In a race to beat the other Stephanie Goldens out there, I got myself an invite to Google+, and secured possession of—my name. A real coup, right? I haven’t learned yet how to use Google+, but once I do, it’ll be a big boost to my career… right?
Not according to computer scientist Jaron Lanier, who says social media just reduce everyone to little more than the database fields they fill in to create their profile. In his manifesto You Are Not a Gadget, he attacks two notions popular among his community of techies:
- the “wisdom of the crowd,” which Lanier calls the “hive mind”;
- the seductiveness of the idea that “bits can be alive on their own”—that is, machines can attain consciousness.
Together, he says, these ideas degrade the concept of personhood, which loses its individuality and (more important, to my mind) the mystery of its being and its spiritual quality. In his book Of a Fire on the Moon, about the NASA space program, Norman Mailer developed a rather mystical notion that machines contained a soul. For him this was a metaphor for what he saw as the heroic man/machine enterprise that climaxed in the moon landing. The contemporary idea that machines can be conscious is just flat—the opposite of heroic, the antithesis of human.
Devaluing individuality wipes out true creativity, which requires the singular vision that arises only from ineffable, individual personhood. That, says Lanier, is why online culture so often just rehashes cultural material from the pre-internet era (really original stuff being in short supply.)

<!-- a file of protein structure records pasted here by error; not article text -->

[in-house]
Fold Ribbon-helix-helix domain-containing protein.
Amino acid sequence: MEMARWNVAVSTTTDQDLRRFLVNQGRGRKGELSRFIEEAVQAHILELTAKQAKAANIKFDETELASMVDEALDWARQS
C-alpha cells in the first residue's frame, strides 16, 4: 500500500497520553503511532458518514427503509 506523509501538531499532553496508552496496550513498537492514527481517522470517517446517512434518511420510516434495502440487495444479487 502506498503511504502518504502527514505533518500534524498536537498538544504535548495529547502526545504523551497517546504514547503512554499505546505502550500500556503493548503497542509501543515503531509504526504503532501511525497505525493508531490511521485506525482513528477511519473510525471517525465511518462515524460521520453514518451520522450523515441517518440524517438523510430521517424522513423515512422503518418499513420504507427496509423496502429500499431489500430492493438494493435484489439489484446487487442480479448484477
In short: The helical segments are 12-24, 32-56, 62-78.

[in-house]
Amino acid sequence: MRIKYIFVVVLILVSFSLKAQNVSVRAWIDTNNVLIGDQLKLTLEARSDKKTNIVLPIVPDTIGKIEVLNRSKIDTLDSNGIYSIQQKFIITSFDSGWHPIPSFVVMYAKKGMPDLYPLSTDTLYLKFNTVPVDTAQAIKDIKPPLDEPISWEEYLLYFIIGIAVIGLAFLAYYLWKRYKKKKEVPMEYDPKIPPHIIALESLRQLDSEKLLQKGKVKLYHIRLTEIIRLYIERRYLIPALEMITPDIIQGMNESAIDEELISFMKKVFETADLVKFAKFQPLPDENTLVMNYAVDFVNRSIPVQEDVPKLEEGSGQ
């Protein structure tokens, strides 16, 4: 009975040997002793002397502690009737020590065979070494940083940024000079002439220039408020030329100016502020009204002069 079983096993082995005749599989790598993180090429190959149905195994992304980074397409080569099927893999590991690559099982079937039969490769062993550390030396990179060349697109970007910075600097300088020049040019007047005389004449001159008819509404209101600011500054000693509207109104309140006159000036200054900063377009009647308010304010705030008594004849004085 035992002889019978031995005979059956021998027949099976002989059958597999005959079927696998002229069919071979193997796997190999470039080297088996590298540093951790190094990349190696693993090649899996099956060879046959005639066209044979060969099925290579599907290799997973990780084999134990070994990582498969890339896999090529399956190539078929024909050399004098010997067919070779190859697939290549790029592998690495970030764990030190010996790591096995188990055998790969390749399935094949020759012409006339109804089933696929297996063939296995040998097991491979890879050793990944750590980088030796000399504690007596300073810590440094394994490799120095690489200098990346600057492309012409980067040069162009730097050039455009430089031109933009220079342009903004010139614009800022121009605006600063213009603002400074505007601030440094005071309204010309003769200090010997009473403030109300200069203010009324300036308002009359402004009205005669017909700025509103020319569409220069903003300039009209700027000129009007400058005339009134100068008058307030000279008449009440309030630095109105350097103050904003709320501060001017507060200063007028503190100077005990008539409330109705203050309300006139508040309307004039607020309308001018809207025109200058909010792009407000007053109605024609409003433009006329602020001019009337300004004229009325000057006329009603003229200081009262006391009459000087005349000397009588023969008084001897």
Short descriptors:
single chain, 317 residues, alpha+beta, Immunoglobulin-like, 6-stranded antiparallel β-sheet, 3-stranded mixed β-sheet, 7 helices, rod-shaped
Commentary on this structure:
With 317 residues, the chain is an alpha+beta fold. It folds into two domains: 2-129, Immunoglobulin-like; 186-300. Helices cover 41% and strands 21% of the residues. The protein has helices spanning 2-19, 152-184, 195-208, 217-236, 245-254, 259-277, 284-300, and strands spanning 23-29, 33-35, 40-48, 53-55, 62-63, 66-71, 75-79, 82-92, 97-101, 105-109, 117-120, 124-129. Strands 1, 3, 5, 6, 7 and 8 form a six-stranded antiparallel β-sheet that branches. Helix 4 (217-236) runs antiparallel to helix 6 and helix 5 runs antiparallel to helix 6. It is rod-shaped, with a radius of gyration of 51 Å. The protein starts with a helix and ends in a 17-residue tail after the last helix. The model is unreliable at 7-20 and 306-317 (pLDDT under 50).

Wikipedia is Lanier’s main example of the way “crowd-sourcing” eliminates the individual voice. It’s always at the top of search results, so people click the Wikipedia link, missing more original, ambitious material.
The flattening of individuals into a “hive” also undermines the concept of authorship. To me—an author—this is the true horror. There’s a notion that all books should become “one book” once they’re digitized and put online. Then anyone can take any fragment out of context and “mash” it with any other fragment. Lanier makes the very good point that online mashups destroy the original context in which a work is made, which then destroys their meaning.
In terms of my Venn diagram, the inspiration circle simply falls out of the picture. A whole piece of my personhood is gone. Once I figure out how to use Google+, will I just be buzzing around the global hive, as my mind melds into a single worker-bee brain?